A letter from Queen Isabella to Bartholomeo Prospero, the secretary of the Duke of Ferrara, thanking the queen for the services offered by the secretary and informing him that he had no task but to recommend her in memory of the duke.
On the back there is the queen's privy seal:
There’s a quartered shield in the middle of the seal, the first field of which is also quartered: 1. a. Coat of arms of Szapolyai (wolf) b. Hungary (trimount, patriarchal cross) c. Hungary (fielad barry of eight) d. Szapolya family (unicorn) 2. Poland (crowned eagle) 3. Milan (man-eating snake, in Italian heraldry: biscione) 4. Dalmatia (three crowned leopard’s heads)
Inscription of the seal: ISABELLA REGIS POL(ONIAE) NATA D(EI) G(RATIA) REGINA HUNGAR(IAE) DAL(MATIAE) CRO(ATIAE) SLA(VONIAE) ETC.
Interpretation of the seal: In the first quarter of the coat of arms we can see the elements of the coat of arms of the Szapolyai family (wolf, unicorn) and the elements of the Hungarian small coat of arms (barry field, trimount, patriarchal cross). Its second field is the Polish coat of arms, because, as the inscription of the seal shows, Isabella was the daughter of the King of Poland. In the third field, the biscione was originally the coat of arms of the Visconti family, thus it also became the coat of arms of Milan ruled by the Sforza family. As Isabella was the daughter of Bona Sforza, this symbolizes the mother’s part. The fourth field shows the coat of arms of Dalmatia, whose name follows Hungary in the inscription of the seal. It is interesting that the inscription contains Slavonia, although this title was not included in the titles of medieval Hungarian rulers, but it was included among the titles of Ferdinand I the first time, and thus, of course, included by John I, and consequently appeared in the titles of Isabella as well.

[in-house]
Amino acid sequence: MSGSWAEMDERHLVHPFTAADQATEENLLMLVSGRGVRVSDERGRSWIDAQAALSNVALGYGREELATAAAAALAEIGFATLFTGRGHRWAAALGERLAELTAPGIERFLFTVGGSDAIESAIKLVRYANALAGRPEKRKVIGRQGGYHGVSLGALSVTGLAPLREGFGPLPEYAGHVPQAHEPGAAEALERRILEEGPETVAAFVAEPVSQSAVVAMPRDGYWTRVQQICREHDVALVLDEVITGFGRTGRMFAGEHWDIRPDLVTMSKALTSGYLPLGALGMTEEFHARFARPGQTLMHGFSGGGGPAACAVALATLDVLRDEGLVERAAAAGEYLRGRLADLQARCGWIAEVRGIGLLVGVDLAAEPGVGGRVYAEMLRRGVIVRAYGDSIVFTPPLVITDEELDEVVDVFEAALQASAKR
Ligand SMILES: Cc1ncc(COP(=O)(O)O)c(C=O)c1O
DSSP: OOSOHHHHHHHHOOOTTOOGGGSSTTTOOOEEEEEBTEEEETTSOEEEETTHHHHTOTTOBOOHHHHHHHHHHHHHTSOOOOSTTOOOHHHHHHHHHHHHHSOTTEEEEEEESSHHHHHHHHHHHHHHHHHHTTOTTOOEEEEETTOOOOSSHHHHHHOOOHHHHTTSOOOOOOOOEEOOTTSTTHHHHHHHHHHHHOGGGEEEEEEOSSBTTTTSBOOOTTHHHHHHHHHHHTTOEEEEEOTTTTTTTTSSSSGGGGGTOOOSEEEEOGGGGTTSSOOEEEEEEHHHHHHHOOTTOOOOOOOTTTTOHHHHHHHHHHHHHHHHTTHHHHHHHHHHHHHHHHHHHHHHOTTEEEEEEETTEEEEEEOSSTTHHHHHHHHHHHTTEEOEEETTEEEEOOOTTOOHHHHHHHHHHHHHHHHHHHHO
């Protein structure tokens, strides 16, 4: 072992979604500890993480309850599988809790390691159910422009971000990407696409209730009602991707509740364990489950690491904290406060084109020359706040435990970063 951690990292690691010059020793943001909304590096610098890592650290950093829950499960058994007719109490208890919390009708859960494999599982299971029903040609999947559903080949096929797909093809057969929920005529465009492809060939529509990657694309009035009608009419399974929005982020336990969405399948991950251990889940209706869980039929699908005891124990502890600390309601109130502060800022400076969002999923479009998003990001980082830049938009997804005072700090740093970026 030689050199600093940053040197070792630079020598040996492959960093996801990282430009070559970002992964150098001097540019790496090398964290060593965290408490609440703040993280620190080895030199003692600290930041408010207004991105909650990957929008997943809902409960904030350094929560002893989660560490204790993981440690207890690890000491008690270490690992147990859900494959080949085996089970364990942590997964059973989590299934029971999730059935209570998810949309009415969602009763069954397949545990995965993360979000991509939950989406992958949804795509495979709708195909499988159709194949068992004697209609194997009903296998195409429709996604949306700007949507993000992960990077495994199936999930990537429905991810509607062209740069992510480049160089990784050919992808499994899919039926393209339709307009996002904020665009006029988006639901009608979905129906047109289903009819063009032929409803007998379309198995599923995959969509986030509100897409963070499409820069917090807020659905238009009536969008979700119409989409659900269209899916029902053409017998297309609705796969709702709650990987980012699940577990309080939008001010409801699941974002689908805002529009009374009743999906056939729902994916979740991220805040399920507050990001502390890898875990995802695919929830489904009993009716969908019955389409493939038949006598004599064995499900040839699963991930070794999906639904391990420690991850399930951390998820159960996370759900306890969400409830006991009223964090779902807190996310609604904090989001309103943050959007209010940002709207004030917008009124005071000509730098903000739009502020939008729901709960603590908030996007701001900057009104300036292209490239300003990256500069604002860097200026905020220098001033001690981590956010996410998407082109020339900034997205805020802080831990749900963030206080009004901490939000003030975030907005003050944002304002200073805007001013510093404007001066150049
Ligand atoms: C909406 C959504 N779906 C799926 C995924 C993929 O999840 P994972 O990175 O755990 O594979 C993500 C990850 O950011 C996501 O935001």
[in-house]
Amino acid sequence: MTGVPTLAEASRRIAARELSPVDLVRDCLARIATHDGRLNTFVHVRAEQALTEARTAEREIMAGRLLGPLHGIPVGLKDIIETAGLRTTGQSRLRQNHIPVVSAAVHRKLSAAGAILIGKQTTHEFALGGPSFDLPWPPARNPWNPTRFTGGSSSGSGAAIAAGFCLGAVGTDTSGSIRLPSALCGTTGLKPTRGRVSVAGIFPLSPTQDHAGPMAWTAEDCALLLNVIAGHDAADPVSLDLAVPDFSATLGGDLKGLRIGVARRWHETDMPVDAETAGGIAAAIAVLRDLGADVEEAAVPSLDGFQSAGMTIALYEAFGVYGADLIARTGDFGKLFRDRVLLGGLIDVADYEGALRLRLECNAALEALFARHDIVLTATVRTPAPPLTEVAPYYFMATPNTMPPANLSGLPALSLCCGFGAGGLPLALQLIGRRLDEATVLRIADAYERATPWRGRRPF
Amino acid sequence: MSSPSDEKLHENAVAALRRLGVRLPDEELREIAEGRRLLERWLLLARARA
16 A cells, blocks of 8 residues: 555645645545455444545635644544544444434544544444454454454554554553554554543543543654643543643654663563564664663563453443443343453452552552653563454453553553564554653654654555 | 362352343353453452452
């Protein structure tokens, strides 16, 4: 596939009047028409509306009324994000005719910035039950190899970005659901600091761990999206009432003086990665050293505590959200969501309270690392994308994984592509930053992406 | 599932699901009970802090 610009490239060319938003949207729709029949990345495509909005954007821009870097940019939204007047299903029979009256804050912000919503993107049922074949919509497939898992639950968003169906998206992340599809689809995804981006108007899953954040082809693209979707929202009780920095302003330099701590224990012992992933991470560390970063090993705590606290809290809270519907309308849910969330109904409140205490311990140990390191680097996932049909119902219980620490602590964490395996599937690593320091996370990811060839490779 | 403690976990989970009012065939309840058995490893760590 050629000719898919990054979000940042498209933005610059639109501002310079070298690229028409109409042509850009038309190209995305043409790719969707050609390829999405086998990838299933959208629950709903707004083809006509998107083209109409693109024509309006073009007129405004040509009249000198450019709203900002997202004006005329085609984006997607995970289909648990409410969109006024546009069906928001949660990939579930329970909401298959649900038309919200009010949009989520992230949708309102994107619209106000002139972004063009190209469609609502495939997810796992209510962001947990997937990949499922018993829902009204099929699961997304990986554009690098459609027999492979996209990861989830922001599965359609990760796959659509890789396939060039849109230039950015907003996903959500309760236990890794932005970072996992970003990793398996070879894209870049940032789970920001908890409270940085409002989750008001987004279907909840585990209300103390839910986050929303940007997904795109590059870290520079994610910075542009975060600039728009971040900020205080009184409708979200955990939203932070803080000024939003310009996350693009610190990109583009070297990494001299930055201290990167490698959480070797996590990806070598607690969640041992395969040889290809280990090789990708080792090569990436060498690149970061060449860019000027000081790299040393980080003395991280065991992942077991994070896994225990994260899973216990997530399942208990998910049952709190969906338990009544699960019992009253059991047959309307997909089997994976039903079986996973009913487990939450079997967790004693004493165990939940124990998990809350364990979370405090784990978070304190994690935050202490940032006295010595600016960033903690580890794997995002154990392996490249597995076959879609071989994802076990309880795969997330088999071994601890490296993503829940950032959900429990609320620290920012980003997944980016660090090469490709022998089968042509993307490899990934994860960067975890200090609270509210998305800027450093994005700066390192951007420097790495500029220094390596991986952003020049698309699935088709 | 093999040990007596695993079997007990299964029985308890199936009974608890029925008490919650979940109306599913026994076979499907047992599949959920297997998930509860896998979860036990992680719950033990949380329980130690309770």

The original record held by: State Archives of Modena
Reference code: Archivio di Stato di Modena, Archivio Segreto Estense, Cancelleria, Carteggi con principi esteri, busta 1623/2, fascicolo 4, 31 marzo 1540
Date of creation: Buda, 31 March 1540